Sputnik, 1957

On October 4, 1957, the Soviet Union launched the earth’s first artificial satellite, Sputnik-1. The successful launch came as a shock to experts and citizens in the United States, who had hoped that the United States would accomplish this scientific advancement first.

Russian stamp commemorating Sputnik Journey

The fact that the Soviets were successful fed fears that the U.S. military had generally fallen behind in developing new technology. As a result, the launch of Sputnik served to intensify the arms race and raise Cold War tensions. During the 1950s, both the United States and the Soviet Union were working to develop new technology. Nazi Germany had been close to developing the world’s first intercontinental ballistic missile (ICBM) near the end of the Second World War, and German scientists aided research in both countries in the wake of that conflict. Both countries were also engaged in developing satellites as a part of a goal set by the International Council of Scientific Unions, which had called for the launch of satellite technology during late 1957 or 1958. Over the course of the decade, the United States tested several varieties of rockets and missiles, but all of these tests ended in failure.

The Soviet launch of the first Sputnik satellite was one accomplishment in a string of technological successes. Few in the United States had anticipated it, and even those who did were not aware of just how impressive it would be. At 184 pounds, the Russian satellite was much heavier than anything the United States was developing at the time, and its successful launch was quickly followed by the launch of two additional satellites, including one that carried a dog into space. Together, these orbited the earth every 90-minutes and created fear that the United States lagged far behind in technological capability. These concerns were compounded when the United States learned that the Soviet Union also tested the first intercontinental ballistic missile that year.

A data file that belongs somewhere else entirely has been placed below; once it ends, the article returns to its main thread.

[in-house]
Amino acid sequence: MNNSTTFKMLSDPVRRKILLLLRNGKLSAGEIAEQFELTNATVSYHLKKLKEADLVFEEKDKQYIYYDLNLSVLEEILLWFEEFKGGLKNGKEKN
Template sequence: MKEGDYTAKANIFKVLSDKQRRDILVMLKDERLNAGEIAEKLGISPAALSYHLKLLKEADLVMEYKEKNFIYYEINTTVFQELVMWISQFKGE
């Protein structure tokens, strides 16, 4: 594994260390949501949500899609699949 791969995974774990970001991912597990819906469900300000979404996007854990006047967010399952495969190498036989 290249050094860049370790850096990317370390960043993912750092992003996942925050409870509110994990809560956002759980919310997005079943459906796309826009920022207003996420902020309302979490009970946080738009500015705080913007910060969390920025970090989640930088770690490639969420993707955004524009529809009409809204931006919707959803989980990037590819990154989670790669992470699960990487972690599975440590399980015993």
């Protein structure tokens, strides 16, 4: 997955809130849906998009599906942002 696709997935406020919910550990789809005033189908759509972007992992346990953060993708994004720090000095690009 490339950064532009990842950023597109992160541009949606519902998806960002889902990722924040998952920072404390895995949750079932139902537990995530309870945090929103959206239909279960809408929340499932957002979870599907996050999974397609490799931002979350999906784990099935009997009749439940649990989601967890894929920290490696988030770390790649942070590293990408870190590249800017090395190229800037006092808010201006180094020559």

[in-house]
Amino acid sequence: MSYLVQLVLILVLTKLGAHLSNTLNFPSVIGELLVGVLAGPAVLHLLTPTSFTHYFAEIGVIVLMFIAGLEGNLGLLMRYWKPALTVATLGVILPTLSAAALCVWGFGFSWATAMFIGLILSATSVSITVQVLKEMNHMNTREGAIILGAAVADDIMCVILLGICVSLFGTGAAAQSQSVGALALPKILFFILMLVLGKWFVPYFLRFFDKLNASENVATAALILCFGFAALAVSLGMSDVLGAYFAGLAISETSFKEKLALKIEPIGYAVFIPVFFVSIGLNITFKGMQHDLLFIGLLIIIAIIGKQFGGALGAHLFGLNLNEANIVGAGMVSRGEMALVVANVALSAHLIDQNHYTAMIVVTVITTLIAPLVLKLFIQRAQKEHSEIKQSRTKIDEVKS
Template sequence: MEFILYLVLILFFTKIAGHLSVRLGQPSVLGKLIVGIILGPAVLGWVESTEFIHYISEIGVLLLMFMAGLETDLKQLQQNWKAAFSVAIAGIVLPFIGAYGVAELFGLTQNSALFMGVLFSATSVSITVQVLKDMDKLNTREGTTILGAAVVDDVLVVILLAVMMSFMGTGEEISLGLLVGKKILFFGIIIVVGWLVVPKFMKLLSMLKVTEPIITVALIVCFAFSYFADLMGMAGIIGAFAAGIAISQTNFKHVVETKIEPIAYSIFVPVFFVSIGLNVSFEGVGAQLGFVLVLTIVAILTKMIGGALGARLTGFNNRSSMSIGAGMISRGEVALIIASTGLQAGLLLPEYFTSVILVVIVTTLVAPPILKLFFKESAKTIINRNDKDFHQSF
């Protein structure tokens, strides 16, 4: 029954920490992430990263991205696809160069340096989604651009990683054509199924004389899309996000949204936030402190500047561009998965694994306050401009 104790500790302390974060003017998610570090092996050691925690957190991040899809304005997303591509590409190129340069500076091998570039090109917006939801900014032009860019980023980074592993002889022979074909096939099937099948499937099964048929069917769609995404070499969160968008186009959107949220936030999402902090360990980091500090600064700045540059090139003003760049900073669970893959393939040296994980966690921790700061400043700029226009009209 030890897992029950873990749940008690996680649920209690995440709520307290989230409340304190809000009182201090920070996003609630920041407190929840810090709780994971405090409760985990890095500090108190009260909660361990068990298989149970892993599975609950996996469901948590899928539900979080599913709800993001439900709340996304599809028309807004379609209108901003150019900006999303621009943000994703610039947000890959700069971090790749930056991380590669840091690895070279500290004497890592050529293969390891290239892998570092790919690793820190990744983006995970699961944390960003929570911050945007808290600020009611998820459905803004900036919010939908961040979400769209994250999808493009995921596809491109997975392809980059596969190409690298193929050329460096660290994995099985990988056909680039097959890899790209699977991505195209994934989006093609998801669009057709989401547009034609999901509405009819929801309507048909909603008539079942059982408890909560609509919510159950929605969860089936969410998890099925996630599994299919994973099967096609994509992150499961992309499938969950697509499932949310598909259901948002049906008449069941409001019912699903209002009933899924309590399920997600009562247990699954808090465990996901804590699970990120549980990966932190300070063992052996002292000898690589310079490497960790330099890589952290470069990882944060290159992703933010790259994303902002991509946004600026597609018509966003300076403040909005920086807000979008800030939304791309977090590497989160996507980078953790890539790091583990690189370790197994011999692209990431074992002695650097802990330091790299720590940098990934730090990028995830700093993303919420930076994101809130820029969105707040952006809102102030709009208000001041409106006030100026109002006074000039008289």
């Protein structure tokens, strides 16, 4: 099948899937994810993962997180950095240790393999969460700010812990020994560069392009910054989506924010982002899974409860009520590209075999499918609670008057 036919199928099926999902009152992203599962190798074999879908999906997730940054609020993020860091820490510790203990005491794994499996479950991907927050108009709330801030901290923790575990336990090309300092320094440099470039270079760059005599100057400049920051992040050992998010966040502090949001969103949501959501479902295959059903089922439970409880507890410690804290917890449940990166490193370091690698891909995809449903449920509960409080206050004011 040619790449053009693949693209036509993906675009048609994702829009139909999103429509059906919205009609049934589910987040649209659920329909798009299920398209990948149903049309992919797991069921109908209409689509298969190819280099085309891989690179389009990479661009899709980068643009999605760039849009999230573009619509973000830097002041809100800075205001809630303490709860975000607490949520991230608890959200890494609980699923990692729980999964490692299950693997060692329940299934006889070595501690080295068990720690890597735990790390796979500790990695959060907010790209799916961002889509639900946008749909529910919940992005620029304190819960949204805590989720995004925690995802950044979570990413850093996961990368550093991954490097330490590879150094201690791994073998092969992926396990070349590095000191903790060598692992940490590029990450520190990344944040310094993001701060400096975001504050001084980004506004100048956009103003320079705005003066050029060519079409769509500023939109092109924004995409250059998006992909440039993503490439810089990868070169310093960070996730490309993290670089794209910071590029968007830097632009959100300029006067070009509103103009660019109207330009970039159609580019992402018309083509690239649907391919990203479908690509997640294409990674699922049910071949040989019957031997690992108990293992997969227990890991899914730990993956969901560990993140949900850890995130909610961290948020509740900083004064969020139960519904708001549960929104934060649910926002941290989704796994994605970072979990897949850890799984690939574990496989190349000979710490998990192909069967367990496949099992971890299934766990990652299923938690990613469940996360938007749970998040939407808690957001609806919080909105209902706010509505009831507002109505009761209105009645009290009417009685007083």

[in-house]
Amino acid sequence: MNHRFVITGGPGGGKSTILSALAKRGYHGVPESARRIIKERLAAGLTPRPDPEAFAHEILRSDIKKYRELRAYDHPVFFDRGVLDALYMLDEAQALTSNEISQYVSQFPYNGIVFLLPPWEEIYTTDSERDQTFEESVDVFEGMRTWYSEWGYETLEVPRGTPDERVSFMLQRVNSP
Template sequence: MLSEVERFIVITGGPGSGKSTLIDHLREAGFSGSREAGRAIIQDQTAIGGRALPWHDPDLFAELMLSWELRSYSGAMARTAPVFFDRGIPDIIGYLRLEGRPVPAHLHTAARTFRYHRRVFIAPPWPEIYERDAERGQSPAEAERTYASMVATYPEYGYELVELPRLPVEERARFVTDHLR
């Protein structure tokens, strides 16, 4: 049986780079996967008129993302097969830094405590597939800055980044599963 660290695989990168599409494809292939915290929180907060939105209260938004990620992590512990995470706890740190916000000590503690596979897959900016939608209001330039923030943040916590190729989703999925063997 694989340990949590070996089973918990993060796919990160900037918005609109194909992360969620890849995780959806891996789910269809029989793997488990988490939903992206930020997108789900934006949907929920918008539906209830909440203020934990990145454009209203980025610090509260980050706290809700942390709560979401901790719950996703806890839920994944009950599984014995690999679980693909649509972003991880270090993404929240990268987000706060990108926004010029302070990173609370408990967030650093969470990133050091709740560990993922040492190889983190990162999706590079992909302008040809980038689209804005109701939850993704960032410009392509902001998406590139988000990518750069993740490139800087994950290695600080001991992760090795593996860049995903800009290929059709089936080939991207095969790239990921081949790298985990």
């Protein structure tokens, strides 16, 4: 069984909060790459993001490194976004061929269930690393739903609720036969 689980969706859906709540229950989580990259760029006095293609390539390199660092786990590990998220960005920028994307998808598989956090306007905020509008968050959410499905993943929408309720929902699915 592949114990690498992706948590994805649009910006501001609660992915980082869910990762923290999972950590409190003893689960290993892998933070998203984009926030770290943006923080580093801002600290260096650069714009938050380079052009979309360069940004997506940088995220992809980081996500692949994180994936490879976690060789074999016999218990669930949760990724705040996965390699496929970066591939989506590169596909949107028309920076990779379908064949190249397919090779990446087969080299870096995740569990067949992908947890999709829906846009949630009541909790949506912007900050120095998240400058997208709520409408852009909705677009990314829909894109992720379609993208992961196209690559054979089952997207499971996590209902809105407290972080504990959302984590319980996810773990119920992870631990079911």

Although President Dwight Eisenhower had tried to downplay the importance of the Sputnik launch to the American people, he poured additional funds and resources into the space program in an effort to catch up. The U.S. Government suffered a severe setback in December of 1957 when its first artificial satellite, named Vanguard, exploded on the launch pad, serving as a very visible reminder of how much the country had yet to accomplish to be able to compete militarily with the Soviets. At last, on January 31, 1958, the United States succeeded in launching its first satellite, the Explorer. The Explorer was still slighter than Sputnik, but its launch sent it deeper into space. The Soviets responded with yet another launch, and the space race continued.

The success of Sputnik had a major impact on the Cold War and the United States. Fear that they had fallen behind led U.S. policymakers to accelerate space and weapons programs. In the late 1950s, Soviet Premier Nikita Khrushchev boasted about Soviet technological superiority and growing stockpiles of ICBMs, so the United States worked simultaneously to develop its own ICBMs to counter what it assumed was a growing stockpile of Soviet missiles directed against the United States. With both countries researching new technology, talk of creating a treaty banning nuclear testing faded away for several years. In this way, the launch of Sputnik fueled both the space race and the arms race, in addition to increasing Cold War tensions, as each country worked to prepare new methods of attacking the other. Eventually, lawmakers and political campaigners in the United States successfully exploited the fear of a “missile gap” developing between U.S. and Soviet nuclear arsenals in the 1960 presidential election, which brought John F. Kennedy to power over Eisenhower’s vice president, Richard Nixon. The Cuban Missile Crisis of 1962 served to remind both sides of the dangers of the weapons they were developing.